Brancepeth: An English village dating back to the first millennium
This evening, I am posting information on Brancepeth in County Durham, N.E. England. (The city of Durham is about 270 miles north of London.)
The name reflects historic migration patterns combining elements of Old Scandinavian and Old English. It means path or road of a man called Brandr.
Brancepeth is s small village with population of 400 persons. Location is five miles S.W.of the city of Durham.
The two principal visitor sites are the castle and church. These are discussed below.
The Neville family controlled the property from the 1066 Norman invasion through to the 16th century when it was confiscated by the Crown as penalty for the Nevilles leading a plot to overthrow Queen Elizabeth I. After a short spell under royal control it was gifted by James I to a Robert Carr and thereafter underwent a succession of ownership changes. Today the castle is owned by the Dobson family.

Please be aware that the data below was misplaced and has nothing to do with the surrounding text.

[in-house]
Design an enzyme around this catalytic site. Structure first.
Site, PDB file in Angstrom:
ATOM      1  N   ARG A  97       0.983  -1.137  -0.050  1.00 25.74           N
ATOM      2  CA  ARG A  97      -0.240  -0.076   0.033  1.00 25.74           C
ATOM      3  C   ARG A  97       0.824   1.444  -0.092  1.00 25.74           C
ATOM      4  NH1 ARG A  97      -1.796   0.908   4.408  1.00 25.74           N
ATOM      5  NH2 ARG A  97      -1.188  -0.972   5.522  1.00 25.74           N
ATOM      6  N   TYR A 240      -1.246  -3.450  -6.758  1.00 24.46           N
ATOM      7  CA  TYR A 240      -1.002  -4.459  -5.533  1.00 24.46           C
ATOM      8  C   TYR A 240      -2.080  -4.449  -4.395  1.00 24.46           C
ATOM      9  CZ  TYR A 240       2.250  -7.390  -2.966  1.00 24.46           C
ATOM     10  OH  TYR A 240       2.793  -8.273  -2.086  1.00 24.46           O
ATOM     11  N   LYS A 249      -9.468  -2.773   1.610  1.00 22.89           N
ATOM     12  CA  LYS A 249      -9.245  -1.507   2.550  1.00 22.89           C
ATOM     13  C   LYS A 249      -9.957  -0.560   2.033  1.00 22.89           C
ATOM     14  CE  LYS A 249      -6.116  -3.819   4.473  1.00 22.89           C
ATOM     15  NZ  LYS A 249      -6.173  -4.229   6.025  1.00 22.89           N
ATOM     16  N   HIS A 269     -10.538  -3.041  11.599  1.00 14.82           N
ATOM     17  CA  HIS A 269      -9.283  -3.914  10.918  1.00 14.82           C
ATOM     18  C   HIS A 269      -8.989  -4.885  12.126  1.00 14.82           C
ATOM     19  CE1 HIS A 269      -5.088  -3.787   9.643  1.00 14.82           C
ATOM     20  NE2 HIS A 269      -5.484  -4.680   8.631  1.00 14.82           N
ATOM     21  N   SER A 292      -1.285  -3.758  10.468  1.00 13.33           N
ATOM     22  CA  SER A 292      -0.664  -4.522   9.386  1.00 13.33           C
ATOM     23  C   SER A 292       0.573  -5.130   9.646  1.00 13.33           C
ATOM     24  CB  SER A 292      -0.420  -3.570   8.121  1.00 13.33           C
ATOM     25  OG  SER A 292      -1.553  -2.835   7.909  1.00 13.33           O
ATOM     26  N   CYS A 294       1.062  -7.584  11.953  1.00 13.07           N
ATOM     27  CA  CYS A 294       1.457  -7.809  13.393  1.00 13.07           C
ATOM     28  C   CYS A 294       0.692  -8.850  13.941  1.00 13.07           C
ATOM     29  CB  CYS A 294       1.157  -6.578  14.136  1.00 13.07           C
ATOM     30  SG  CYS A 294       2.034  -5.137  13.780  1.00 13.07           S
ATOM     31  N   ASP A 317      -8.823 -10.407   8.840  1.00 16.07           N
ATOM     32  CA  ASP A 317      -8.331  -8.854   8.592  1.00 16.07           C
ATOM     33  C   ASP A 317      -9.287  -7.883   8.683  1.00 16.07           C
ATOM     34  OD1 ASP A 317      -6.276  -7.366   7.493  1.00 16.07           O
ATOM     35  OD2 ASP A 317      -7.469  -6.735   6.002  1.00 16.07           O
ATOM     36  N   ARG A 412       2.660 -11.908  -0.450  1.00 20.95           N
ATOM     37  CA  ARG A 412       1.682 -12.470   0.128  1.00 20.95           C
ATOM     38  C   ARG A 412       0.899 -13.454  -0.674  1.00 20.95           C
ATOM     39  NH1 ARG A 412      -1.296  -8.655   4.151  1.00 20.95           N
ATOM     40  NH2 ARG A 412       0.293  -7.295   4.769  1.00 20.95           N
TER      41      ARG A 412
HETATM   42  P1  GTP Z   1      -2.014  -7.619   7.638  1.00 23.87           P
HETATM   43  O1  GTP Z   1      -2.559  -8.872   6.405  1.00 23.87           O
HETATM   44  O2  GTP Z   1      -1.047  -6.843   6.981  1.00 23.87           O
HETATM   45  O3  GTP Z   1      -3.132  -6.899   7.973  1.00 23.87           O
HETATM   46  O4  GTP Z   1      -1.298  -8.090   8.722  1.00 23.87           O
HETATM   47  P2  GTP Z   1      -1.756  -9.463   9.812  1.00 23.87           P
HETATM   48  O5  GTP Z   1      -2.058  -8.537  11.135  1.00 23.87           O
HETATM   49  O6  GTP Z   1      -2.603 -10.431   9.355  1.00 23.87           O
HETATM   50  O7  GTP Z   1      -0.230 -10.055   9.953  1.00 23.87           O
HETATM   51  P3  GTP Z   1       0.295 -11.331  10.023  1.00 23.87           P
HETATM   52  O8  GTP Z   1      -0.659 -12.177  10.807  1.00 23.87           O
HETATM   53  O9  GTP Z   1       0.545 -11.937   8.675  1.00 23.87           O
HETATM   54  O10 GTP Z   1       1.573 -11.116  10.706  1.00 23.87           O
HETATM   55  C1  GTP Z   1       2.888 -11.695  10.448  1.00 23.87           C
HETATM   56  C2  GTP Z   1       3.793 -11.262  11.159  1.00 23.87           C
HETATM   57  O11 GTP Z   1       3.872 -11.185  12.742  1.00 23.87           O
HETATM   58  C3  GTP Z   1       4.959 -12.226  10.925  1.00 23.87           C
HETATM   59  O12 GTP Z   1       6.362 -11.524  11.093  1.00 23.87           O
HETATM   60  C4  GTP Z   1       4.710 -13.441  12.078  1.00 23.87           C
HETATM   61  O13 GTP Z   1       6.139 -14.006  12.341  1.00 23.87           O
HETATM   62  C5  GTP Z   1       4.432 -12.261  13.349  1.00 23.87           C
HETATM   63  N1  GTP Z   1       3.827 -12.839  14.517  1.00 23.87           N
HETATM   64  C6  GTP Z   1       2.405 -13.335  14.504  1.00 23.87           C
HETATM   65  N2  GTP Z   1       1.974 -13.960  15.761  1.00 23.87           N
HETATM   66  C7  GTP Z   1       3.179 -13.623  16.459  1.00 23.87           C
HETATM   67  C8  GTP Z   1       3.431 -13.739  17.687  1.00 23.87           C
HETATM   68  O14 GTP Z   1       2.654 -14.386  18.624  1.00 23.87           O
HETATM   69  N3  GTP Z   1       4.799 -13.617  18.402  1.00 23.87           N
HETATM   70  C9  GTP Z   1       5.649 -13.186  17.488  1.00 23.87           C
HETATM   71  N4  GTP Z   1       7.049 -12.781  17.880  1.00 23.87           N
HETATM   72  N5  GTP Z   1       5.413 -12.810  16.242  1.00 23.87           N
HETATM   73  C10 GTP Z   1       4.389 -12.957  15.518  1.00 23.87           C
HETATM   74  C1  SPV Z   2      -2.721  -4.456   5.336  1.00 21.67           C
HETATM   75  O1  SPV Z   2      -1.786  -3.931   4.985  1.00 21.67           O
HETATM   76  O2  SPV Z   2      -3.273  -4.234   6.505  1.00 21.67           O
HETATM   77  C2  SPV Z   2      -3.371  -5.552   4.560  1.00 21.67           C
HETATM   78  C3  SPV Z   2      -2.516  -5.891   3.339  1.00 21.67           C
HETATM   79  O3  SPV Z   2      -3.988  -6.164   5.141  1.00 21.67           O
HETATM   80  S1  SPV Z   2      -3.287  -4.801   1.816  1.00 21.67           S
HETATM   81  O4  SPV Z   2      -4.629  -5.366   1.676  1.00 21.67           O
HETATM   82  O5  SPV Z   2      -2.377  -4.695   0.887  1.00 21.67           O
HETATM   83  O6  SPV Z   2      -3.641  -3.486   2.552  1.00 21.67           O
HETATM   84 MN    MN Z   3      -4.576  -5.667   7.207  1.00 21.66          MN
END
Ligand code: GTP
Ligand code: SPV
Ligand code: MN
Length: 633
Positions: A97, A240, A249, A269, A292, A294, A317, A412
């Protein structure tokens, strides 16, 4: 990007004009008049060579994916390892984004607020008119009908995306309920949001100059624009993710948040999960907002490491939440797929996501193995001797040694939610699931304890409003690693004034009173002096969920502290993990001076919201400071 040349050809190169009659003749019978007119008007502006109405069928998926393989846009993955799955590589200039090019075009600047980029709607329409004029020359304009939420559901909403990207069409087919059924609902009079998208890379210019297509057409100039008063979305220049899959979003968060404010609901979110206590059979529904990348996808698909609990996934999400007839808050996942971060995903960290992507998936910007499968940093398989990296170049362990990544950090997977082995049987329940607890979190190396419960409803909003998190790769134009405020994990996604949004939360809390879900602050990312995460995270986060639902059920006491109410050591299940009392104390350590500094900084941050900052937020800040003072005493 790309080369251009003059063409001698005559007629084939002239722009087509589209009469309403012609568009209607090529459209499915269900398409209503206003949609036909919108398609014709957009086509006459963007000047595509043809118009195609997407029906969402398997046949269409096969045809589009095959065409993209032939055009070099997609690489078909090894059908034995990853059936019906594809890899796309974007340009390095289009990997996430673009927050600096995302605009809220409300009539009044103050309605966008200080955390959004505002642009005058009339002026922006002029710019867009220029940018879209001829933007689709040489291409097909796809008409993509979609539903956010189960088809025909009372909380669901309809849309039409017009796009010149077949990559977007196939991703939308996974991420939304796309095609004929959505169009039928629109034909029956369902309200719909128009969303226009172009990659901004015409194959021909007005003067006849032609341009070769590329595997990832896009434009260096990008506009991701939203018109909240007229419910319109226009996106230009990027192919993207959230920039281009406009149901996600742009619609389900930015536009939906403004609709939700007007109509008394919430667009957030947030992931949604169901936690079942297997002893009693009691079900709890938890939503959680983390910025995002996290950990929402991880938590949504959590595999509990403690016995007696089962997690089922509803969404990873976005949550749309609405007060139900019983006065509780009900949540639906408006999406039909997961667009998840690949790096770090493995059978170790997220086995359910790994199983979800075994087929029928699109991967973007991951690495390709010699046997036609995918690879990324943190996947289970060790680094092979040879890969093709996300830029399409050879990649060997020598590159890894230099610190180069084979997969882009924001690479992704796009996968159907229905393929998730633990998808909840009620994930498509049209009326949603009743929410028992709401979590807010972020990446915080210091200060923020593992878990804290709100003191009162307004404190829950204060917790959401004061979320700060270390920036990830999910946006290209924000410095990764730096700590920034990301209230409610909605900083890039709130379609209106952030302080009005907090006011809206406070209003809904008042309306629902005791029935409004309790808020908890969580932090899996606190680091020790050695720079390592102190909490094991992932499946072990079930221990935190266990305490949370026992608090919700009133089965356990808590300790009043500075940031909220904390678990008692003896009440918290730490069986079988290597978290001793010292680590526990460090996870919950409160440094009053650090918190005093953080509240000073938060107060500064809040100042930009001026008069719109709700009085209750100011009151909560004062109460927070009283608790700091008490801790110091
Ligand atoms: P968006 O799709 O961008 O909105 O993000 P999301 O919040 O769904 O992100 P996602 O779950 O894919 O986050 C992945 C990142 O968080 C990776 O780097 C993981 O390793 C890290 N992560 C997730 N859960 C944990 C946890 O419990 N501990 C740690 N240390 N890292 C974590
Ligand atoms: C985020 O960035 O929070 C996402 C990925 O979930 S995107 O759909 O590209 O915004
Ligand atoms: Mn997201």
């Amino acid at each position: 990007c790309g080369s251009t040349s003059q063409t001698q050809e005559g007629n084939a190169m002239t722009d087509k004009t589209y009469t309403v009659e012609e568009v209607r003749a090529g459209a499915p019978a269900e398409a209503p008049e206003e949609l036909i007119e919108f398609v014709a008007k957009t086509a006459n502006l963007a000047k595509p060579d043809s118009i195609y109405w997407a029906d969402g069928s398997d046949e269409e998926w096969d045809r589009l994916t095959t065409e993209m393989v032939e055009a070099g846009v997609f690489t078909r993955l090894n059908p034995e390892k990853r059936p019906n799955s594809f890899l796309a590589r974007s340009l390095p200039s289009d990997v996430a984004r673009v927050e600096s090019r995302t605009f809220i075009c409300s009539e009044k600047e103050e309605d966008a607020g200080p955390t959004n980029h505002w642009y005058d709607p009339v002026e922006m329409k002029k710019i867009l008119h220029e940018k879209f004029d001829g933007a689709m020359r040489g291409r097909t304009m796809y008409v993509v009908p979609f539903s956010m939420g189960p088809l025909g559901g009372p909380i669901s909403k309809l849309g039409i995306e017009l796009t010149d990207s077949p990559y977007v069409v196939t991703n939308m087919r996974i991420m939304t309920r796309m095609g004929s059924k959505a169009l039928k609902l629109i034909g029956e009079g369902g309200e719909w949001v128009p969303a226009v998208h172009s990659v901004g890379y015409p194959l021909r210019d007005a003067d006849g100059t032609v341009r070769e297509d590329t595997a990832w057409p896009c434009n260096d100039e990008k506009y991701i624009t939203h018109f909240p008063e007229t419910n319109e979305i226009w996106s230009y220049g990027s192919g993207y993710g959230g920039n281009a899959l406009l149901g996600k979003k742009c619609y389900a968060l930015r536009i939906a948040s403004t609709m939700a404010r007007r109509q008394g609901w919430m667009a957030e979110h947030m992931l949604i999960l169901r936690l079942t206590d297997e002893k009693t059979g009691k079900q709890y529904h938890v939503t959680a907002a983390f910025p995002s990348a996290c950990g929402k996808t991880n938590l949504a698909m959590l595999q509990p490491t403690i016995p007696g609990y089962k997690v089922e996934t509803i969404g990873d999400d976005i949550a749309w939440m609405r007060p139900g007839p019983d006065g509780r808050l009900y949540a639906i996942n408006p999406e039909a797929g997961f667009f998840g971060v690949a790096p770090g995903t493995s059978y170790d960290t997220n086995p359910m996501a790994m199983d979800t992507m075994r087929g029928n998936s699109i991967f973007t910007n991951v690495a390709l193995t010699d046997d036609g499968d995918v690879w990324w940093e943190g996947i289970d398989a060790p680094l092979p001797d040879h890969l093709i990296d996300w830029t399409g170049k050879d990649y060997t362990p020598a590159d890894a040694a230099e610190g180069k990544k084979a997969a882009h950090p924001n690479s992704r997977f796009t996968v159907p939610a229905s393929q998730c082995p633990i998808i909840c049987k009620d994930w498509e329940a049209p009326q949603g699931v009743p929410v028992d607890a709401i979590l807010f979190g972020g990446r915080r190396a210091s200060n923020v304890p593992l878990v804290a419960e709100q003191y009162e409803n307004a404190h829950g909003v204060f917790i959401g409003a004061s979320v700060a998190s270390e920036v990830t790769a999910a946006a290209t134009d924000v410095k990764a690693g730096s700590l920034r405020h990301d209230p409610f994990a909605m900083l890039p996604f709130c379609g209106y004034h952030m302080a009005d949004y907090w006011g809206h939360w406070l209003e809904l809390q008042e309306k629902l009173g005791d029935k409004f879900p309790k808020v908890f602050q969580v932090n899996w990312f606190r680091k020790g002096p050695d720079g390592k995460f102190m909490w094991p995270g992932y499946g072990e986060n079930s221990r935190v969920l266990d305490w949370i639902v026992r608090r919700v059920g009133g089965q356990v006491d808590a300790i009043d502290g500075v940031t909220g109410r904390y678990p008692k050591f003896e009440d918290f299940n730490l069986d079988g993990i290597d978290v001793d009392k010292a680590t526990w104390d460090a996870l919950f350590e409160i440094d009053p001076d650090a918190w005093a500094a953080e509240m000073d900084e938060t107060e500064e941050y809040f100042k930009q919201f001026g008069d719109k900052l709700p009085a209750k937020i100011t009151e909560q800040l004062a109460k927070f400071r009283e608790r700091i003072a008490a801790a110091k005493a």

( At one time the Neviilles' were positioned in the highest echelon of English aristocracy. The family is also connected with Raby Castle.)
Although available for weddings and events the castle is not open to the public on a regular basis.
This is the Parish Church and dedicated to St Brandon.
St Brandon’s Church was a typical Church of England (Episcopalian) Parish Church, dating back to Saxon times but mainly from 12th-15th centuries.. Unfortunately, the building suffered massive fire damage in 1998 and came within a whisker of total destruction. However, the church was able to be sympathetically rebuilt, at cost of GBP3.2m, a project which was completed in 2005.
In course of the St Brandon’s restoration a number of early English cross slabs (early tombstones) were discovered in the clerestory which feature a range of designs including four circles,shears, swords and spears.